Moving from the inside of the cab to the outside, Freightliner has you covered there as well.  With the launch of Detroit Assurance on their Cascadia and Cascadia Evolution, they have integrated a suite of safety systems that offers a new level of protection and control that is unsurpassed.  Designed enhance the truck as a tool between the driver and the road, Detroit Assurance helps to improve safety through advanced collision mitigation and an optional lane departure system.  The collision mitigation includes a bumper-mounted radar to detect objects ahead of the truck and a Video Radar Detection Unit (VRDU), which commands the ABS, transmission and other engine computers to help you better avoid a collision.  The addition of the optional windshield-mounted camera system for lane-departure warning helps alert the driver if he/she begins to drift out of their lane at speeds above 37mph, unless the driver disables the switch in areas where lane crossings are anticipated to be more frequent.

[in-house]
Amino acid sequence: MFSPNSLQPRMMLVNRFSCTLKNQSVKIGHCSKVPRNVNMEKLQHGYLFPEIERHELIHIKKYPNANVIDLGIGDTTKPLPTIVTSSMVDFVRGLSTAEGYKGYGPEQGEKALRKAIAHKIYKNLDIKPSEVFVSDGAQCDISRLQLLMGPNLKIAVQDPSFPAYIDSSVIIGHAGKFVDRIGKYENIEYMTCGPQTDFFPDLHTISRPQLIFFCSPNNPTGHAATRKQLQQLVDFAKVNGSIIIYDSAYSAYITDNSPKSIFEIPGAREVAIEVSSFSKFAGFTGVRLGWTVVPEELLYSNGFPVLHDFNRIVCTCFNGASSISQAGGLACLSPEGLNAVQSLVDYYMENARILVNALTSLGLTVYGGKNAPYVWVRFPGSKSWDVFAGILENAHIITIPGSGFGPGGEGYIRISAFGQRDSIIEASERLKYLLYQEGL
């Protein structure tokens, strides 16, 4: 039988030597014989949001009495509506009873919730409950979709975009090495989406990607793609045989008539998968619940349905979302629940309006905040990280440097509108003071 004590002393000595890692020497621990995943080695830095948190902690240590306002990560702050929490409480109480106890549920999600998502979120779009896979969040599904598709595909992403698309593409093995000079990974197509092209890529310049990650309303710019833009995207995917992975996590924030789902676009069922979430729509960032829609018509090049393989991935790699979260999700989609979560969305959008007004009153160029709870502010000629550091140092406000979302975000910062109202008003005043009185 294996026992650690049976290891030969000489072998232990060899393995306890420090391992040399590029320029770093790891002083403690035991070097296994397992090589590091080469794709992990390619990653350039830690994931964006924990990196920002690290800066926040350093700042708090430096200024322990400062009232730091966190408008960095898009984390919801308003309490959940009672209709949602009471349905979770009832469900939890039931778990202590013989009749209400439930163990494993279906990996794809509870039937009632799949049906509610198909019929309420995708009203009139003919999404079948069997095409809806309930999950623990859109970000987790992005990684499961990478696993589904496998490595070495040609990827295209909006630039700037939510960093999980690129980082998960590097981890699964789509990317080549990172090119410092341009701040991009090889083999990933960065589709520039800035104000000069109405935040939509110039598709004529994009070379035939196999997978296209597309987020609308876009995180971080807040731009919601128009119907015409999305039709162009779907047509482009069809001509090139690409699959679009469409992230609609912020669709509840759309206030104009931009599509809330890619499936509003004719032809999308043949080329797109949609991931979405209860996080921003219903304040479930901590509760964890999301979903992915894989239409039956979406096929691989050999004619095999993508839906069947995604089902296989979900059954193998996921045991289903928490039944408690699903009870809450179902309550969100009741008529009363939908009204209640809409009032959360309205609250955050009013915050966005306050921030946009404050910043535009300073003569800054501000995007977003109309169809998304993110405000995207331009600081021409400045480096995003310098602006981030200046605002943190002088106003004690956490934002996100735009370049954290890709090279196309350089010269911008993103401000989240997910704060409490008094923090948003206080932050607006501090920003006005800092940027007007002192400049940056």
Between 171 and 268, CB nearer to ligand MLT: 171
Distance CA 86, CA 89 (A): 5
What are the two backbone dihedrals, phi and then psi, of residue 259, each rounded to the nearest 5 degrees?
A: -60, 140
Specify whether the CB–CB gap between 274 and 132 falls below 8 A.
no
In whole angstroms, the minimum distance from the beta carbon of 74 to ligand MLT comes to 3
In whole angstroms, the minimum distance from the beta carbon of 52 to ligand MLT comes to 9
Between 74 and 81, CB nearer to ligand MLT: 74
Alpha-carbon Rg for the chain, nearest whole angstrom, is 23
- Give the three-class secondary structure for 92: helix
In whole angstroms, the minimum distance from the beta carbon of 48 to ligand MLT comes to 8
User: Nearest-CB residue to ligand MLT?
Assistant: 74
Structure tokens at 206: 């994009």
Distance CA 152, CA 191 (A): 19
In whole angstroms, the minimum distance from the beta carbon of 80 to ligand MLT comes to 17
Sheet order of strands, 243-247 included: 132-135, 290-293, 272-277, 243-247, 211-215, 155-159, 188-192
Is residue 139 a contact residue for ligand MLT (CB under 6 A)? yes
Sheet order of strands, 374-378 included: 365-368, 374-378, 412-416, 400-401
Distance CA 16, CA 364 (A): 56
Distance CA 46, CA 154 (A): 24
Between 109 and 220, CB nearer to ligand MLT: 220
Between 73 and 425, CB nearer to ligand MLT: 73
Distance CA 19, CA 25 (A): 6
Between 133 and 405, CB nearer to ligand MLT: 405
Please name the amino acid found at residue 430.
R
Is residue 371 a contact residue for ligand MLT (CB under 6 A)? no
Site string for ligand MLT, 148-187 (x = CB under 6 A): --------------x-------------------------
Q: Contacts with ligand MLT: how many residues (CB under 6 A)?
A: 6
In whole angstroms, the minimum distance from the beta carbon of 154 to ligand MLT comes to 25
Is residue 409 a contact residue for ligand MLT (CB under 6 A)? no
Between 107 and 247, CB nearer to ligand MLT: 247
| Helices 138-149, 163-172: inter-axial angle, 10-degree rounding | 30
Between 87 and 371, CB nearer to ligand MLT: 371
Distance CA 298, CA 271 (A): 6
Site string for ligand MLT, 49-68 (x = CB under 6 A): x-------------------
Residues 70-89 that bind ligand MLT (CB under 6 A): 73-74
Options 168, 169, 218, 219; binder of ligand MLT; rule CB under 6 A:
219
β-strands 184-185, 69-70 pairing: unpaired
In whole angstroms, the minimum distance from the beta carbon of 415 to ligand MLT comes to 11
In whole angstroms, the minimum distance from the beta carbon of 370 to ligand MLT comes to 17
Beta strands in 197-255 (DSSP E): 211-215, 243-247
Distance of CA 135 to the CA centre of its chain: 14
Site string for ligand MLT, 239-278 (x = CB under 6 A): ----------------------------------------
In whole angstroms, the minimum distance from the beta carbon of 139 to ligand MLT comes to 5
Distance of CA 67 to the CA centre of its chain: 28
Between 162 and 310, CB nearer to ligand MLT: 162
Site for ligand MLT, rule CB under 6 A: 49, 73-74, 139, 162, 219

What about safety when something has already gone wrong?  Driving trucks, you and I both know, it is not as much a matter of “if” but more a matter of “when” something might happen.  As drivers, we make certain to limit the threat of unplanned downtime with precautions such as preventative maintenance and proper pre-trip and post-trip inspections, but the chances are in you favor as a driver that something might happen to your truck.  In this scenario, Detroit Connect has you covered!  Utilizing Virtual Technician, Visibility Fleet Software, and the Zonar On-Board Tablet, you are well armed to maximize your fleet’s uptime capabilities!  Should you be going down the road and a code appears on your dash, Virtual Technician can go to work for you, letting you know if it is a critical issue or if it is something that can be repaired later on down the road.  Working ahead of you, it will notify you of the problem, what caused the problem, when it needs to be fixed, as well as where to go for service straight to your email.  The Detroit Visibility software helps to keep you safe by using wireless communication and GPS to monitor your equipment.  A fleet owner, or designated representative can create detailed reports such as truck location, truck path, trip costs, idle time, truck activity, and fuel consumption data.  The On-Board Tablet incorporates apps for HOS tracking, two-way messaging, turn-by-turn truck navigation, and RFID pre-/post-trip inspections to help improve truck and driver safety.